What Happens If You’re on the Gay “Enemies List”
By Alison Stateman / Los Angeles
Ever since a slim majority outlawed gay marriage in California, opponents have waged national protests and petitions, urging the judicial system to reconsider the results of the Nov. 4 referendum. (Proposition 8 overturned an earlier decision by the Supreme Court of California legalizing same-sex marriages.) While the court weighs whether or not to get back into the fray, the civil unrest ignited by the ban shows no sign of abating. A National Protest Against Prop 8 organized by JoinTheImpact.com is scheduled for this Saturday. The Church of Jesus Christ of Latter-day Saints, which opponents say donated more than $20 million to the Yes on 8 campaign, has already become a focus of protests, with demonstrators gathered around Mormon temples not only in California but across the country.
The Mormon Church is not the only group being singled out for criticism. African-Americans, 70% of whom voted yes on Proposition 8, according to a CNN exit poll, have become a target. According to eyewitness reports published on the Internet, racial epithets have been used against African-Americans at protests in California, directed even at blacks who are fighting to repeal Proposition 8. Said Evan Wolfson, executive director of Freedom to Marry, “In any fight, there will be people who say things they shouldn’t say, but that shouldn’t divert attention from what the vast majority are saying against this, that it’s a terrible injustice.” (See the Top 10 ballot measures.)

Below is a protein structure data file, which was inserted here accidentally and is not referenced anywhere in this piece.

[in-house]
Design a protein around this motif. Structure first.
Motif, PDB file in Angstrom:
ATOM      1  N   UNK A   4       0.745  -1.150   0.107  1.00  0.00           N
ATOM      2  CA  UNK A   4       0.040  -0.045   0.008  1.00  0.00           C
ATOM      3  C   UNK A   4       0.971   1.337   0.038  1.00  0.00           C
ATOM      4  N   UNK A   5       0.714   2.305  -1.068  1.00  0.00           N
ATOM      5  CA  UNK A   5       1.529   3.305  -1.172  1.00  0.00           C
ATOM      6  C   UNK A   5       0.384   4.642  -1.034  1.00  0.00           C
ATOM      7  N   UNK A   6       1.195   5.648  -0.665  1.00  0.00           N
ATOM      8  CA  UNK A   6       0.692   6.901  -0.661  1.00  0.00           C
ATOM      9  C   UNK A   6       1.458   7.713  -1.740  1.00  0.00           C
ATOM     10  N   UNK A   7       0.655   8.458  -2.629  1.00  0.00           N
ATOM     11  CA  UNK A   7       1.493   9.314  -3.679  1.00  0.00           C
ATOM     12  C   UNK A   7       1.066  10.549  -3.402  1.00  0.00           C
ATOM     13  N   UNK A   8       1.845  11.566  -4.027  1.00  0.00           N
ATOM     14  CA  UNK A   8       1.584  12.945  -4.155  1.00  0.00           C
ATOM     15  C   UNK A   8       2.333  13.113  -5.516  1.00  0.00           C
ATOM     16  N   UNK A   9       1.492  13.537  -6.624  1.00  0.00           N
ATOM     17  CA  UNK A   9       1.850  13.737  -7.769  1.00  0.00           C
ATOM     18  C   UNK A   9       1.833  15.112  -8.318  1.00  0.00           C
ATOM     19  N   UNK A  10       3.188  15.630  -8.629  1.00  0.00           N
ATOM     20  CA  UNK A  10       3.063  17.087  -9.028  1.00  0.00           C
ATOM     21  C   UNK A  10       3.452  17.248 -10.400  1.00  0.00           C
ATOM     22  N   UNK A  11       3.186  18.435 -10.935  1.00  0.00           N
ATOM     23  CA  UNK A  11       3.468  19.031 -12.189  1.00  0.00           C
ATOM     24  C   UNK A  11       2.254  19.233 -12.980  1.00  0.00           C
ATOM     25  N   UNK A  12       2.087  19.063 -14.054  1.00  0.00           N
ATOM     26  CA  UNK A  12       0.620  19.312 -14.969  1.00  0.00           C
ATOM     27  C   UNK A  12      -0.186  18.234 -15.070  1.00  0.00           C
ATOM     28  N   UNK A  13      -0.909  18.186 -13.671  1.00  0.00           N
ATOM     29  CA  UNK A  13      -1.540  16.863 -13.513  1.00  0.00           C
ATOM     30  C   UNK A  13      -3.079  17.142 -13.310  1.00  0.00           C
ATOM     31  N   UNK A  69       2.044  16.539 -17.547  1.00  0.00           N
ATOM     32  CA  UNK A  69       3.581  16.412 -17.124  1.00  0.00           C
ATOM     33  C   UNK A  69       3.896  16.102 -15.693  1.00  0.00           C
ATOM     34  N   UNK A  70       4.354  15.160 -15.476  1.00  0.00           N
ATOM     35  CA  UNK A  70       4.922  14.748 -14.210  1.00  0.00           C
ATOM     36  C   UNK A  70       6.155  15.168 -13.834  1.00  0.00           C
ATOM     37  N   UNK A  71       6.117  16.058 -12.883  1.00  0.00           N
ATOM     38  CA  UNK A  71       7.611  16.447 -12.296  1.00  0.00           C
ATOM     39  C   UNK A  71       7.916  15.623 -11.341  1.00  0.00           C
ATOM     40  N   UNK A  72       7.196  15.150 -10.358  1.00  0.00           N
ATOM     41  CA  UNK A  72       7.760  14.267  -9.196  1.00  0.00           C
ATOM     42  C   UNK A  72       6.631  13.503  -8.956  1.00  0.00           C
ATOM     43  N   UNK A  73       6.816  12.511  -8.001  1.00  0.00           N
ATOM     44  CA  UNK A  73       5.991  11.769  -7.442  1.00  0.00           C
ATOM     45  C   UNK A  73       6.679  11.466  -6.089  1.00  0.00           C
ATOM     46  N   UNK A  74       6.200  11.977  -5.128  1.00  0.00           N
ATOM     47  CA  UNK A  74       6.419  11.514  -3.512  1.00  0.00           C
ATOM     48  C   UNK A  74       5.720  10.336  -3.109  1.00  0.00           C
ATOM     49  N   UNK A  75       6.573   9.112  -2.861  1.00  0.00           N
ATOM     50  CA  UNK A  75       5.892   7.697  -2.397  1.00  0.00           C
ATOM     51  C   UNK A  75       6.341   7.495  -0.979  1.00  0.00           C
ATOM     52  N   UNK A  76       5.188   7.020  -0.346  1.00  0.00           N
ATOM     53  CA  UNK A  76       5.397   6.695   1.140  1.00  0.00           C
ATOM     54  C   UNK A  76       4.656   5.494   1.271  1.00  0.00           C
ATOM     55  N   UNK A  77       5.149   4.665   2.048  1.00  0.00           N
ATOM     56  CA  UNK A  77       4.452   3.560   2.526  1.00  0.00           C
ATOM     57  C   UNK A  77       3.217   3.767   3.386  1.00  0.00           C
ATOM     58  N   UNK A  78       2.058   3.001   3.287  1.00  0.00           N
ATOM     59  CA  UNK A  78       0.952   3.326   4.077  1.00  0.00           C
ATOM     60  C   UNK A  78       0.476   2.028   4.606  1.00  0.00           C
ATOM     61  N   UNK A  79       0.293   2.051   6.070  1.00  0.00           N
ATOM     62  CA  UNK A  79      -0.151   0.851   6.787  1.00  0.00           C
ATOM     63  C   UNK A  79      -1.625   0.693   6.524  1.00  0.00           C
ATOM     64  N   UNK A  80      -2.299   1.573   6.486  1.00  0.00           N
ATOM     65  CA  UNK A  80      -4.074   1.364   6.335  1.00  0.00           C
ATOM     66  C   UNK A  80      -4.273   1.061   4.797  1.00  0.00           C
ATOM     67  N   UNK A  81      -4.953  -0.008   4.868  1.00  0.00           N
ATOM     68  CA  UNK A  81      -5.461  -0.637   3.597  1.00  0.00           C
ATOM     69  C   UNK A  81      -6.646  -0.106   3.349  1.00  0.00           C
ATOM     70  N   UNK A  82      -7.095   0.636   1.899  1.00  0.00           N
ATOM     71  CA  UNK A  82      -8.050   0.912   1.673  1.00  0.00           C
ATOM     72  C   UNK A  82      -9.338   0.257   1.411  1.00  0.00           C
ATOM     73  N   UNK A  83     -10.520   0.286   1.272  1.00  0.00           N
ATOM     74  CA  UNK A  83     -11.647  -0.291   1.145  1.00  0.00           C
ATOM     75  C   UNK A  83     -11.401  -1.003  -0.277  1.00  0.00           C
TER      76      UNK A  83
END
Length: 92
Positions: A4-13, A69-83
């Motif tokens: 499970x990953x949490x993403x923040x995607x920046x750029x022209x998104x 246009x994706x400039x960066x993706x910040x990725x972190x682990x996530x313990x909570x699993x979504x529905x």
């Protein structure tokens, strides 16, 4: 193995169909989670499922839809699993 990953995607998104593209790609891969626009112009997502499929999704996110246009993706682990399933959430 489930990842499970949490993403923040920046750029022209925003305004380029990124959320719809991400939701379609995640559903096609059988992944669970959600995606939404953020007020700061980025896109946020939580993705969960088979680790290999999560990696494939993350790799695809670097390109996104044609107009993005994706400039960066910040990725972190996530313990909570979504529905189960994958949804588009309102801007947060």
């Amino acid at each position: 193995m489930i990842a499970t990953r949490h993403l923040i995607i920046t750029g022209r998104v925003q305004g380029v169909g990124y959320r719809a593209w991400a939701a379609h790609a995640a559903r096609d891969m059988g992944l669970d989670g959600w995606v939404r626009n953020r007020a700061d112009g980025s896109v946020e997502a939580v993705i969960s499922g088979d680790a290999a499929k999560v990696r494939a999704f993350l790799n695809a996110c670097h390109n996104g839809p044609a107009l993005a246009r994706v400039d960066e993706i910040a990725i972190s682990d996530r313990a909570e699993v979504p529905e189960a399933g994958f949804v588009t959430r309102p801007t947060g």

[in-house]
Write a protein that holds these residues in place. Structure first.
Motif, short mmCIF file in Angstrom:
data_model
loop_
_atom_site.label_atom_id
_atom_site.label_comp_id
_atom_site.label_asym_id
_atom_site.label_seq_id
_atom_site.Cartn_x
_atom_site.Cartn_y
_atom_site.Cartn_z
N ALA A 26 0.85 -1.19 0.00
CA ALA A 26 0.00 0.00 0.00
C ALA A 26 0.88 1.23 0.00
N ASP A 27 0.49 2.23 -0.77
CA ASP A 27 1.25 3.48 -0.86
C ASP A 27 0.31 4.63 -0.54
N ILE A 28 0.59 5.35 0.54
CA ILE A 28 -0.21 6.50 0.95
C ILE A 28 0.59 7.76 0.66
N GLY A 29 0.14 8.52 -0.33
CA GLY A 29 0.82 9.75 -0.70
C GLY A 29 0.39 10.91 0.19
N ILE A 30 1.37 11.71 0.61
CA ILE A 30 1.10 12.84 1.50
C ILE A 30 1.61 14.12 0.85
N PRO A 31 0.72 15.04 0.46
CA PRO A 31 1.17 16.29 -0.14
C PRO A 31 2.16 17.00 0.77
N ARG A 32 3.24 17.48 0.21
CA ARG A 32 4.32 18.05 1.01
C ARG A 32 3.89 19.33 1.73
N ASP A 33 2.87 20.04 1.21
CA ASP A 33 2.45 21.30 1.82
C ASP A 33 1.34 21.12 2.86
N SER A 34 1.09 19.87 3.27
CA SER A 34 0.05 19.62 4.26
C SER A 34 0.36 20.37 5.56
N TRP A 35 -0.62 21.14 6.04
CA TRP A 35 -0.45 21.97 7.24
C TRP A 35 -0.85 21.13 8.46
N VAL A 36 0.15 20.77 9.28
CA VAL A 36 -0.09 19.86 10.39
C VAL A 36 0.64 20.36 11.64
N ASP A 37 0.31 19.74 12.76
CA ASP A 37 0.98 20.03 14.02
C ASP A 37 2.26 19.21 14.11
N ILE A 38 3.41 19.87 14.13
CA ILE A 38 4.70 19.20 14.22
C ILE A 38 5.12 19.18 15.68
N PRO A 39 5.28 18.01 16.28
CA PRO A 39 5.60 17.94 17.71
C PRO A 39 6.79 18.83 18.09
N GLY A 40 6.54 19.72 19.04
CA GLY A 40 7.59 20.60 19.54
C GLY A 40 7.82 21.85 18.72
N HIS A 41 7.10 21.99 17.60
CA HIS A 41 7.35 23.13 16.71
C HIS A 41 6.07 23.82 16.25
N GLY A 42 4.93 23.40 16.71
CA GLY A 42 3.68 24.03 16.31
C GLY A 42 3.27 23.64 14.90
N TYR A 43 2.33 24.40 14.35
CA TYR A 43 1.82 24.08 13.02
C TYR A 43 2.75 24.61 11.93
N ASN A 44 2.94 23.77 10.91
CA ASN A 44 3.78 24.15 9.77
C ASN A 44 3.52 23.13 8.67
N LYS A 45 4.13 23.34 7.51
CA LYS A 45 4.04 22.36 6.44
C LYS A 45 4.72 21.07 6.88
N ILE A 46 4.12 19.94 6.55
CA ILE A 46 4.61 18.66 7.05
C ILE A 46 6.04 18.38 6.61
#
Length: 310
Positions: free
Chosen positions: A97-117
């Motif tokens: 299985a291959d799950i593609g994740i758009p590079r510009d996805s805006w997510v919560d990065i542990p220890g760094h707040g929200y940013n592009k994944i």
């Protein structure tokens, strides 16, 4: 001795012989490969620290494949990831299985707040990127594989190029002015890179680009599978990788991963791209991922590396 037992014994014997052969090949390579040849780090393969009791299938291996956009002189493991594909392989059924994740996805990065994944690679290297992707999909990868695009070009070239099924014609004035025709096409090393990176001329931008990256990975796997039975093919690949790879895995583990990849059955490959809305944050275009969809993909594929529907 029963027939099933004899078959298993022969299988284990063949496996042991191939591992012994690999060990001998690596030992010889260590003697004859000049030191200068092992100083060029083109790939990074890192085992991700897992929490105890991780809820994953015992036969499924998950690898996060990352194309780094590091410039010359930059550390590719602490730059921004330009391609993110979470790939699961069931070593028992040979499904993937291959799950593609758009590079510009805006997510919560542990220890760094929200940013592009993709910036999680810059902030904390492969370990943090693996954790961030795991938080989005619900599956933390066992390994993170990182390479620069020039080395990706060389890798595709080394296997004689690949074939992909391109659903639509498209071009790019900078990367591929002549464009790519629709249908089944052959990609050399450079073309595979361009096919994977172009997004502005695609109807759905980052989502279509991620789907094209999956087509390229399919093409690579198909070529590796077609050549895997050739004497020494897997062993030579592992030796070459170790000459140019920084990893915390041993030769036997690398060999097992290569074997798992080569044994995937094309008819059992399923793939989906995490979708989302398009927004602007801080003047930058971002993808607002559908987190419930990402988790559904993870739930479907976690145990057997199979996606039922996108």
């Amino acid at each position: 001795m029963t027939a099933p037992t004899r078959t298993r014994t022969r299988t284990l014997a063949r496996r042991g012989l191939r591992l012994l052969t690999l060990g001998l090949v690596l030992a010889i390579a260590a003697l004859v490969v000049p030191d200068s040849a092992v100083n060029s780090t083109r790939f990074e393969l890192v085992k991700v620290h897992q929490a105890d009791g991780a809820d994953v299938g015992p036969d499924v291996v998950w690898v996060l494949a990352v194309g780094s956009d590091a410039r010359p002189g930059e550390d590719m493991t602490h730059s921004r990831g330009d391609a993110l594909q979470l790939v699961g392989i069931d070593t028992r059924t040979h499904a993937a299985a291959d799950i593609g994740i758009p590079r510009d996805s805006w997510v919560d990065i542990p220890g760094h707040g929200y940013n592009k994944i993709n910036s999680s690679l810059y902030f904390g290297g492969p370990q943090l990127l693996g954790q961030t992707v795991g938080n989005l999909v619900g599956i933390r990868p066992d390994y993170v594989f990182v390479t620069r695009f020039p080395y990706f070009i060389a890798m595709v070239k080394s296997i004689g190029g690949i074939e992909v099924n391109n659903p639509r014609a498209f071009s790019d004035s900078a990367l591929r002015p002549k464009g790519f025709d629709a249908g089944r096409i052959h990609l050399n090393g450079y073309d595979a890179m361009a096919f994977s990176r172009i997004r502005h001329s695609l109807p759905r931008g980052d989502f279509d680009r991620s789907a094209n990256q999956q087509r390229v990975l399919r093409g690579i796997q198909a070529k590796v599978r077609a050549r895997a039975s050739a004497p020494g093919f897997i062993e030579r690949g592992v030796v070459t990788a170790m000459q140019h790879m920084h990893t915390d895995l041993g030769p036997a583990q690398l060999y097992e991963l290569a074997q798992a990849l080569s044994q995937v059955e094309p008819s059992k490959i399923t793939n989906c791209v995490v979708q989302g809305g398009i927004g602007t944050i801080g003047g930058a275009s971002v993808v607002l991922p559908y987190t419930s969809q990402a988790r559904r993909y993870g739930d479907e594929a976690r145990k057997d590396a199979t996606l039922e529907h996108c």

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Folks, if this isn’t a sign that the gay movement is out to harm individuals and shun those whom it consideres “anti-gay”, than I don’t know what is.